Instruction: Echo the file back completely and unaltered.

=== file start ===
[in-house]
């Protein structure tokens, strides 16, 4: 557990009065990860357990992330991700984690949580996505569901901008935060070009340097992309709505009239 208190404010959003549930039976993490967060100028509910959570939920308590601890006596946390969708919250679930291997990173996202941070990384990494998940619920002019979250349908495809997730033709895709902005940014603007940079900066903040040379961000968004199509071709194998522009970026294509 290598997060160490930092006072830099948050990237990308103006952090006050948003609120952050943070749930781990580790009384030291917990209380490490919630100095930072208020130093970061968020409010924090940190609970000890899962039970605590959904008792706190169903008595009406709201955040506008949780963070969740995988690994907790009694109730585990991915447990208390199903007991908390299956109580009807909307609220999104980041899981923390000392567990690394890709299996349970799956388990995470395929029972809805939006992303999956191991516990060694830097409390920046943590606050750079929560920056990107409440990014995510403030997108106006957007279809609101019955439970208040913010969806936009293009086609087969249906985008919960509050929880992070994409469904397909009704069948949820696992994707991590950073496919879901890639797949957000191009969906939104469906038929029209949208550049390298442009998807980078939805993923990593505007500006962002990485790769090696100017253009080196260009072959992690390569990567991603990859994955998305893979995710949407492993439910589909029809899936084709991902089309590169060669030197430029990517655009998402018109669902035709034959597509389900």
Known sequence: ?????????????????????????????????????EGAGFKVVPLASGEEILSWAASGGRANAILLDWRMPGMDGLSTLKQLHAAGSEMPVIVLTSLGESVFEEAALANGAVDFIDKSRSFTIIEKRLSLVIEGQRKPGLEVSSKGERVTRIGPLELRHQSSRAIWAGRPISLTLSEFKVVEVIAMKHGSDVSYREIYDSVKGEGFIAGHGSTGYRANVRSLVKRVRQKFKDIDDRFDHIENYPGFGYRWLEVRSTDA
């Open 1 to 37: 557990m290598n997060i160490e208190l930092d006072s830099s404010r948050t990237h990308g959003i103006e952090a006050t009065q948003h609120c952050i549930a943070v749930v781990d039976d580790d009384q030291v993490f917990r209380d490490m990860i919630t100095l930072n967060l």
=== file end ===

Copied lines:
[in-house]
């Protein structure tokens, strides 16, 4: 557990009065990860357990992330991700984690949580996505569901901008935060070009340097992309709505009239 208190404010959003549930039976993490967060100028509910959570939920308590601890006596946390969708919250679930291997990173996202941070990384990494998940619920002019979250349908495809997730033709895709902005940014603007940079900066903040040379961000968004199509071709194998522009970026294509 290598997060160490930092006072830099948050990237990308103006952090006050948003609120952050943070749930781990580790009384030291917990209380490490919630100095930072208020130093970061968020409010924090940190609970000890899962039970605590959904008792706190169903008595009406709201955040506008949780963070969740995988690994907790009694109730585990991915447990208390199903007991908390299956109580009807909307609220999104980041899981923390000392567990690394890709299996349970799956388990995470395929029972809805939006992303999956191991516990060694830097409390920046943590606050750079929560920056990107409440990014995510403030997108106006957007279809609101019955439970208040913010969806936009293009086609087969249906985008919960509050929880992070994409469904397909009704069948949820696992994707991590950073496919879901890639797949957000191009969906939104469906038929029209949208550049390298442009998807980078939805993923990593505007500006962002990485790769090696100017253009080196260009072959992690390569990567991603990859994955998305893979995710949407492993439910589909029809899936084709991902089309590169060669030197430029990517655009998402018109669902035709034959597509389900």
Known sequence: ?????????????????????????????????????EGAGFKVVPLASGEEILSWAASGGRANAILLDWRMPGMDGLSTLKQLHAAGSEMPVIVLTSLGESVFEEAALANGAVDFIDKSRSFTIIEKRLSLVIEGQRKPGLEVSSKGERVTRIGPLELRHQSSRAIWAGRPISLTLSEFKVVEVIAMKHGSDVSYREIYDSVKGEGFIAGHGSTGYRANVRSLVKRVRQKFKDIDDRFDHIENYPGFGYRWLEVRSTDA
């Open 1 to 37: 557990m290598n997060i160490e208190l930092d006072s830099s404010r948050t990237h990308g959003i103006e952090a006050t009065q948003h609120c952050i549930a943070v749930v781990d039976d580790d009384q030291v993490f917990r209380d490490m990860i919630t100095l930072n967060l």